Navigating your way
| Designing a web page is a creative process. The page gives
you the opportunity to express yourself or convey information using an
interesting array of options including text, graphics, photos, video,
sound, and animation.
Like most creative endeavors, however, the process is not linear or step-by-step. Therefore, it's best to understand the elements necessary to create a page and then find the way that works best for you.
Your page will change many times as your idea evolves into the final product. To begin, don't be afraid to keep it simple. Create a page with just text and a graphic to get a feel for how it all works. Then, once you are familiar with the process, look at the other links on the web creation site to learn how to expand the page by including more sophisticated elements, such as tables, frames, and forms.
I. Pick a starting pointSo where do you begin? It is best to begin by planning and exploring. See web options in action by browsing the web and looking at what others have done.
Once you have an idea for the page you would like to create, you can get down to work and begin to create the text file that will be the foundation for your page. The text file will contain the HTML codes that make it all happen.
Having a basic understanding of how the HTML codes work is very important. Even if you use a web editor to create your page, you will, at some point, need to correct the coding or go beyond the capabilities of the editor to customize your page. If you know how the codes work, the task won't seem so daunting.
To help you in this effort, the other pages at this web site offer an overview of how HTML works. In particular, see the Creating your HTML file web page. This page shows a sample web page that offers advice on the options you have for creating an HTML file. It also links to another web page that shows the underlying codes for the sample page with an explanation of how the codes work and additional codes that you can use. For a list of basic HTML codes, you can also see the Commonly used HTML codes web page. You can create a simple page of your own from the instructions on these pages. If you have a graphic that you would like to include, see the Using graphics web page for advice on the file formats accepted by the web.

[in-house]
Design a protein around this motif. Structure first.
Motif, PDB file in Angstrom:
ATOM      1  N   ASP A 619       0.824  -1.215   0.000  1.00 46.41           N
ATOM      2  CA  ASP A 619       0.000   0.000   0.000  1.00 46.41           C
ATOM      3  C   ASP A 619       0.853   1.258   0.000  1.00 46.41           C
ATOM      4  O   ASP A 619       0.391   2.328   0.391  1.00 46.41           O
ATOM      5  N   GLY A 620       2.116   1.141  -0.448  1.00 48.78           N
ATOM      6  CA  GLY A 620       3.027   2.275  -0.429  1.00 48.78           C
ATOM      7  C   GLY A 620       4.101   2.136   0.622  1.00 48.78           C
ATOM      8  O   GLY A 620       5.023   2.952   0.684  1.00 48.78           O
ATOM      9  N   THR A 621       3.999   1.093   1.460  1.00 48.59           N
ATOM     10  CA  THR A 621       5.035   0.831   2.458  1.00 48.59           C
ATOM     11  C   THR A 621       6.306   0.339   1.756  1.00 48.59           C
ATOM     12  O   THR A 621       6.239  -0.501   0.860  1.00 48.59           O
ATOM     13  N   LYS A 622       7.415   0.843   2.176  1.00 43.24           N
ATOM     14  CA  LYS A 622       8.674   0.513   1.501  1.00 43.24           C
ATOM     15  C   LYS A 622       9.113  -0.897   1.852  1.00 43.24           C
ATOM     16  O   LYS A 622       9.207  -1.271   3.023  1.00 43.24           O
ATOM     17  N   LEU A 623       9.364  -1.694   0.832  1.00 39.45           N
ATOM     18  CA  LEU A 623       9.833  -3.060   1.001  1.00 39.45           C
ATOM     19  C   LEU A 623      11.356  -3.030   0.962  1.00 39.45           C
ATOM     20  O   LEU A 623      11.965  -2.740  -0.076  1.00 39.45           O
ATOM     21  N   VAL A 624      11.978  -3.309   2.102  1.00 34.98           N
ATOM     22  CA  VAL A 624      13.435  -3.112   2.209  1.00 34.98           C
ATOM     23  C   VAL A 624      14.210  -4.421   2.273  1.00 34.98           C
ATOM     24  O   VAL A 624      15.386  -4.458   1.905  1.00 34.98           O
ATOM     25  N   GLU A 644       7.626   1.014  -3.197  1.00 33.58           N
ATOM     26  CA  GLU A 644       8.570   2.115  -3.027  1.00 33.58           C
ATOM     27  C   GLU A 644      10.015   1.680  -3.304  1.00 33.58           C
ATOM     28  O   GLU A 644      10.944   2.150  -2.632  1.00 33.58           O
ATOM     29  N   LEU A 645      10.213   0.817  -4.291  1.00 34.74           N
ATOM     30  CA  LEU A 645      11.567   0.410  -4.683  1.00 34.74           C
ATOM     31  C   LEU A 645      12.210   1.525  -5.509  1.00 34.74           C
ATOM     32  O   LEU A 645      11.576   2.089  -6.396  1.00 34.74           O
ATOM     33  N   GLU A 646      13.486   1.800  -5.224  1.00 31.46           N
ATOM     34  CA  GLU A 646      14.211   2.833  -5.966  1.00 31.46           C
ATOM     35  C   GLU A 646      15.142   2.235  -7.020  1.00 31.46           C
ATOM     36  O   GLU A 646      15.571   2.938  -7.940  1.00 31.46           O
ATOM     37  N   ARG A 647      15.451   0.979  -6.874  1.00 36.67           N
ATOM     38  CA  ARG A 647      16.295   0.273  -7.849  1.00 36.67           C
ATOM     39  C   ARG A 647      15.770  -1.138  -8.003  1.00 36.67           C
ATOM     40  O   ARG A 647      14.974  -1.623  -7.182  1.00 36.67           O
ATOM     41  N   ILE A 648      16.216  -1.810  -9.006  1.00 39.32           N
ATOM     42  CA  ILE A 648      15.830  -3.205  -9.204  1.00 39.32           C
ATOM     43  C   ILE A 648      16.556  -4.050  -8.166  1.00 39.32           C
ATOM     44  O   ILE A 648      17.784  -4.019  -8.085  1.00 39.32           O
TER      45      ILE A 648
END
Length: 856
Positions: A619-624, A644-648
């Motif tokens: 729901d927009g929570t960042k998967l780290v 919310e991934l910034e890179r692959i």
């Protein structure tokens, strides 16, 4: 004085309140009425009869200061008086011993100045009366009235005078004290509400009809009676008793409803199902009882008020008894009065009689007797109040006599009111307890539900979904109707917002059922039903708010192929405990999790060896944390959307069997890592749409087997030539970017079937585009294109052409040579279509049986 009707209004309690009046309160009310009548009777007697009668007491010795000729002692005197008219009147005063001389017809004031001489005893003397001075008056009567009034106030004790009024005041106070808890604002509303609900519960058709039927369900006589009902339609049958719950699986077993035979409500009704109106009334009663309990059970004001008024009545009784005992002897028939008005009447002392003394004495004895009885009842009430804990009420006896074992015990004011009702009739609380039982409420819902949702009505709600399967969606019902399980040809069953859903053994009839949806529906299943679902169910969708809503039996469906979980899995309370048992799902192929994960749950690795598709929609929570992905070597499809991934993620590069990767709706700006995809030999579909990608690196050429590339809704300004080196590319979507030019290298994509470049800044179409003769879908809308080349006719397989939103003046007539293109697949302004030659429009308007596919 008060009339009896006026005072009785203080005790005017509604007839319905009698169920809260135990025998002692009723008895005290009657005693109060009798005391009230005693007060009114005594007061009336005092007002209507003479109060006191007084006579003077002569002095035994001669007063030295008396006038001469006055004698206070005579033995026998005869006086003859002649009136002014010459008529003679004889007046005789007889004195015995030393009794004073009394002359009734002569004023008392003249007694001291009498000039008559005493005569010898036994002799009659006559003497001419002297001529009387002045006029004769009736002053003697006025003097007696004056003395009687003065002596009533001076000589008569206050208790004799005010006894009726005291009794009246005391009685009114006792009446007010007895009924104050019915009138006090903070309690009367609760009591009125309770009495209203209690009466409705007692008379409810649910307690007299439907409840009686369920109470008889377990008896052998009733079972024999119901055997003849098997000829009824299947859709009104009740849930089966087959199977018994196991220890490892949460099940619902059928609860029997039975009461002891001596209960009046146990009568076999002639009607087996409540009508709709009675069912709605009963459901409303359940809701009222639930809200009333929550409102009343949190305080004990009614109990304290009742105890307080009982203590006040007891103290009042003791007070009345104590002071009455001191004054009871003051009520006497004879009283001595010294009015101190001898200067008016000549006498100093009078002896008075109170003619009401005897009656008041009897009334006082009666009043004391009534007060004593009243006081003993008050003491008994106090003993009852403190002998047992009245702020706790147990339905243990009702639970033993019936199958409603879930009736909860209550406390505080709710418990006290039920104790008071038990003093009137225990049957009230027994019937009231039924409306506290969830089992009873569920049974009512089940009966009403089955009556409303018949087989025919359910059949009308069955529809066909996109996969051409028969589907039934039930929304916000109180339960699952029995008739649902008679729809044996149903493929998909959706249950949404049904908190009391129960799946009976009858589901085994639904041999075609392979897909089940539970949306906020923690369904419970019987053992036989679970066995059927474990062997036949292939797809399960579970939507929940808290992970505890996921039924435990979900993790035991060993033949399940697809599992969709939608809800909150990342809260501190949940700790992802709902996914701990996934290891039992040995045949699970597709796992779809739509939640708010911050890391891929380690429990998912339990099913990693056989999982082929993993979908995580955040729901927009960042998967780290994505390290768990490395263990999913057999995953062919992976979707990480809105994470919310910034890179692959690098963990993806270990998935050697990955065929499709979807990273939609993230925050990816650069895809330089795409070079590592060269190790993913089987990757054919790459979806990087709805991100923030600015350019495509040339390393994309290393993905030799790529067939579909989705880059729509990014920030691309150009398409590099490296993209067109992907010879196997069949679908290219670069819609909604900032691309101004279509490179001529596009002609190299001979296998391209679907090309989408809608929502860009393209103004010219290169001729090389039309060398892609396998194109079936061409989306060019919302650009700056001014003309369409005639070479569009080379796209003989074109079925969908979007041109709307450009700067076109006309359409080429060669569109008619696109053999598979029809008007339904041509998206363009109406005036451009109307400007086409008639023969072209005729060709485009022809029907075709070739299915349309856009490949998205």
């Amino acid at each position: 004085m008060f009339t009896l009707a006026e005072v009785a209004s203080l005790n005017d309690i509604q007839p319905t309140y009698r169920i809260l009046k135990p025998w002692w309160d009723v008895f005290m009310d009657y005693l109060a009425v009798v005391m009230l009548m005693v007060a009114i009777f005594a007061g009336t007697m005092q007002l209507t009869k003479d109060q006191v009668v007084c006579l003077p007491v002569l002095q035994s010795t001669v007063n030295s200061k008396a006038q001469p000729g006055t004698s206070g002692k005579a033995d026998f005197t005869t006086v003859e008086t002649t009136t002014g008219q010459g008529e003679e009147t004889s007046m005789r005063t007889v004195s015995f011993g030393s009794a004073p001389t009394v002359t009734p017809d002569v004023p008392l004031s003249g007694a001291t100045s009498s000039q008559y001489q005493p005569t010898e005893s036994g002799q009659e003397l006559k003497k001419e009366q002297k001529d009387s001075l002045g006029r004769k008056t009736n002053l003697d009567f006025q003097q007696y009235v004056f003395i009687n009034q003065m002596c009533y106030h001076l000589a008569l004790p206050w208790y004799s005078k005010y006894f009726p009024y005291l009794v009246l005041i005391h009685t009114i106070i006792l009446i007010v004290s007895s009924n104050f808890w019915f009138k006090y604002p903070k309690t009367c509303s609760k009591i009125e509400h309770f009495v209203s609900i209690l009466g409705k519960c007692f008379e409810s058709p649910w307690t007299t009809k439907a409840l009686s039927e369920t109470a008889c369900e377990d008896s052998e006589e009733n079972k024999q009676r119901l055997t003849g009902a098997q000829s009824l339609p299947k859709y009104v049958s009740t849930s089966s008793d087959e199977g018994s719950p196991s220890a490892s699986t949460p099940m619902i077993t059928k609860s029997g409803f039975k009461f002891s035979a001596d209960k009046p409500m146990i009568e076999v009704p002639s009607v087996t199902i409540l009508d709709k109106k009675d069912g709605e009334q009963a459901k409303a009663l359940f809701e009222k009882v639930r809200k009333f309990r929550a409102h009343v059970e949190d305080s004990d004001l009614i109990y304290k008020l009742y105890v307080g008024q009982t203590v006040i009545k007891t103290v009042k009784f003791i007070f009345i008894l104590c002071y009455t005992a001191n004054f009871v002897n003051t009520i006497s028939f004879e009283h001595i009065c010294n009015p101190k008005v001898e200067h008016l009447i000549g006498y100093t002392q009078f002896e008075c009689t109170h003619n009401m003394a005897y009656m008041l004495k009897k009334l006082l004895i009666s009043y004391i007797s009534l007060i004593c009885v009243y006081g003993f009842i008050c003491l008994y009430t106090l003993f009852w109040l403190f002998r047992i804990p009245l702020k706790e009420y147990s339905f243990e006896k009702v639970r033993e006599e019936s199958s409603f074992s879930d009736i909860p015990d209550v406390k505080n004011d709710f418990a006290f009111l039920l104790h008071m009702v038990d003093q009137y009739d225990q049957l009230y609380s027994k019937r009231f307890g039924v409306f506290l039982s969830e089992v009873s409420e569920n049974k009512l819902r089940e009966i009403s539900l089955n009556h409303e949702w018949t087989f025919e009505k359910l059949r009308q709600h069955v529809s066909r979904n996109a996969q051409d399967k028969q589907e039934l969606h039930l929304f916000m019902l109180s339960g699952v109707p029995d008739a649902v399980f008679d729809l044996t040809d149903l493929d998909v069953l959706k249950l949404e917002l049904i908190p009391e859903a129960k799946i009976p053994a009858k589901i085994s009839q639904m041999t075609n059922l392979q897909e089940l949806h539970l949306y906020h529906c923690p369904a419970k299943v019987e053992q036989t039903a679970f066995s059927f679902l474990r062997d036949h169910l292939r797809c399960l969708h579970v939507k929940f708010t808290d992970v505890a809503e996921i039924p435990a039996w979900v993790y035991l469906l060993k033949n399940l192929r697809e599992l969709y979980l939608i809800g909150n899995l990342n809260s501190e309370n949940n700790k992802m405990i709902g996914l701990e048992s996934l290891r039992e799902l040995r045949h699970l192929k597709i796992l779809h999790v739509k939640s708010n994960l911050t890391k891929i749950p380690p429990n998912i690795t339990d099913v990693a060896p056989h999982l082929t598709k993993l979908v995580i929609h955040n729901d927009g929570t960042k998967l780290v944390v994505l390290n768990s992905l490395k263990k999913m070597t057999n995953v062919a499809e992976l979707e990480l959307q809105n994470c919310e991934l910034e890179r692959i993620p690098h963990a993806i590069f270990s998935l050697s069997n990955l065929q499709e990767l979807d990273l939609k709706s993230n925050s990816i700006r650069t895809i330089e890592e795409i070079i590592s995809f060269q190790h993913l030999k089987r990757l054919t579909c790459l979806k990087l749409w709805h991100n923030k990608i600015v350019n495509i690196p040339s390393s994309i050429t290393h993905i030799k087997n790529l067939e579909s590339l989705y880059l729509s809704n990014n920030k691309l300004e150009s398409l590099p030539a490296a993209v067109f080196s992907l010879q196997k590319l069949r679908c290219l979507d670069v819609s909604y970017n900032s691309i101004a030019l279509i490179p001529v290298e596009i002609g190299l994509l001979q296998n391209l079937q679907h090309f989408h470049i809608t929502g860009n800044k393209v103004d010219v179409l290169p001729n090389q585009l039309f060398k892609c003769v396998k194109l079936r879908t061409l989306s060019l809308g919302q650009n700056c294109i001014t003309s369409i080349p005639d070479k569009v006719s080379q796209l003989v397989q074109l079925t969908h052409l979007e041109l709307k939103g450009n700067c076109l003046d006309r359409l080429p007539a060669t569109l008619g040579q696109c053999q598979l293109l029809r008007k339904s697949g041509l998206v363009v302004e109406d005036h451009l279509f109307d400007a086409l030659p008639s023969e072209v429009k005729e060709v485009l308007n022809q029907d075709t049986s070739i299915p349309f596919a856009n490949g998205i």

When you save your HTML file, be sure to name it index.html. When you upload this file to your Unix account, this file will automatically display as your opening web page. If you subsequently create other pages that you wish to link to your main page, you can call those pages whatever you want. The filename, however, cannot contain spaces or special characters and it must end in .html or .htm (such as report.html or report.htm).
II. Evaluate your progressCheck the progress of your page as you go along by saving the file and then opening it in a web browser, such as Netscape. You don't have to be connected to the Internet to view your page.
In Netscape, simply go under the File menu, select Open File or Open Page and then Choose File, and select your HTML file to see how it looks in a web browser. In Internet Explorer, go under the File menu and select Open. Then click on Browse, select your HTML file, click on Open, and then click on OK.
(Note: If you are viewing your page locally and it includes graphics, the graphics must be in the same directory as your HTML file in order for you to see them. Also, links to other web sites will not work until you first connect to the Internet.)
When you are satisfied with your page, you can make it public by uploading the index.html file and any associated files to your Unix account as explained on the Making your files public web page.
III. Going beyond the basics
Once you have created a simple page, you may want to expand it. For web design advice, see the Tips for online design web page. Finally, if you have problems creating your page, take a look at the Frequently asked questions web page for advice on common web creation problems.